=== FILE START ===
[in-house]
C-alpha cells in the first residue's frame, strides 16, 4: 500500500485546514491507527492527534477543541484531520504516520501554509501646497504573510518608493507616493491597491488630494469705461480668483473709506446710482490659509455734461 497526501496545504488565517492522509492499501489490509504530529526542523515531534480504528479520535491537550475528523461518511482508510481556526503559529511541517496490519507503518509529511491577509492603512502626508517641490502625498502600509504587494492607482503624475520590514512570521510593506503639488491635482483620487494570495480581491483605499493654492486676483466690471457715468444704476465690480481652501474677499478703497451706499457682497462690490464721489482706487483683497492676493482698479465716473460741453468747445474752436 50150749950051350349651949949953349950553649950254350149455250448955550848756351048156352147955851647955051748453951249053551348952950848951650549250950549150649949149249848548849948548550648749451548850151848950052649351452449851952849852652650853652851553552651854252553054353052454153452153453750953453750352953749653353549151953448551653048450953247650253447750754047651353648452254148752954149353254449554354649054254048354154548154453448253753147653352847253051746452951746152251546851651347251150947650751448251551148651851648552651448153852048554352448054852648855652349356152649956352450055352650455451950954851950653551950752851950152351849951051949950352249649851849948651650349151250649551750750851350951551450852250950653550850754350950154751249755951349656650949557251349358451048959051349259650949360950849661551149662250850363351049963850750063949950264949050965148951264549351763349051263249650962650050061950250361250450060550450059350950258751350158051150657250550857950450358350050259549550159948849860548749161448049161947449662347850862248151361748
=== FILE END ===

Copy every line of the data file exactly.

[in-house]
C-alpha cells in the first residue's frame, strides 16, 4: 500500500485546514491507527492527534477543541484531520504516520501554509501646497504573510518608493507616493491597491488630494469705461480668483473709506446710482490659509455734461 497526501496545504488565517492522509492499501489490509504530529526542523515531534480504528479520535491537550475528523461518511482508510481556526503559529511541517496490519507503518509529511491577509492603512502626508517641490502625498502600509504587494492607482503624475520590514512570521510593506503639488491635482483620487494570495480581491483605499493654492486676483466690471457715468444704476465690480481652501474677499478703497451706499457682497462690490464721489482706487483683497492676493482698479465716473460741453468747445474752436 50150749950051350349651949949953349950553649950254350149455250448955550848756351048156352147955851647955051748453951249053551348952950848951650549250950549150649949149249848548849948548550648749451548850151848950052649351452449851952849852652650853652851553552651854252553054353052454153452153453750953453750352953749653353549151953448551653048450953247650253447750754047651353648452254148752954149353254449554354649054254048354154548154453448253753147653352847253051746452951746152251546851651347251150947650751448251551148651851648552651448153852048554352448054852648855652349356152649956352450055352650455451950954851950653551950752851950152351849951051949950352249649851849948651650349151250649551750750851350951551450852250950653550850754350950154751249755951349656650949557251349358451048959051349259650949360950849661551149662250850363351049963850750063949950264949050965148951264549351763349051263249650962650050061950250361250450060550450059350950258751350158051150657250550857950450358350050259549550159948849860548749161448049161947449662347850862248151361748